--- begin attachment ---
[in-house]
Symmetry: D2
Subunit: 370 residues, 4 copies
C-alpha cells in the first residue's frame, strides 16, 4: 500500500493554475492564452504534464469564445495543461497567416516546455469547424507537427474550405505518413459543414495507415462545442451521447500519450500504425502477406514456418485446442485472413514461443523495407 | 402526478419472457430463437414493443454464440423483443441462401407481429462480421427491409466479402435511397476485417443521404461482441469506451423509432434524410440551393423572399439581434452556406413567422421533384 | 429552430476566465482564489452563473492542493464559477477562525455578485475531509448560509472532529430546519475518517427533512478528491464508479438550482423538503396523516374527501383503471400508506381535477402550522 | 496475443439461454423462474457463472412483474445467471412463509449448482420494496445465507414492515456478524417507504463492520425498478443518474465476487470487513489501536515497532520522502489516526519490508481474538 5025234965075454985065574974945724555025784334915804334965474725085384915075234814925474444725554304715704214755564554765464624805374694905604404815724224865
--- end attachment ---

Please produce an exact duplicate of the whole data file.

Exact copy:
[in-house]
Symmetry: D2
Subunit: 370 residues, 4 copies
C-alpha cells in the first residue's frame, strides 16, 4: 500500500493554475492564452504534464469564445495543461497567416516546455469547424507537427474550405505518413459543414495507415462545442451521447500519450500504425502477406514456418485446442485472413514461443523495407 | 402526478419472457430463437414493443454464440423483443441462401407481429462480421427491409466479402435511397476485417443521404461482441469506451423509432434524410440551393423572399439581434452556406413567422421533384 | 429552430476566465482564489452563473492542493464559477477562525455578485475531509448560509472532529430546519475518517427533512478528491464508479438550482423538503396523516374527501383503471400508506381535477402550522 | 496475443439461454423462474457463472412483474445467471412463509449448482420494496445465507414492515456478524417507504463492520425498478443518474465476487470487513489501536515497532520522502489516526519490508481474538 5025234965075454985065574974945724555025784334915804334965474725085384915075234814925474444725554304715704214755564554765464624805374694905604404815724224865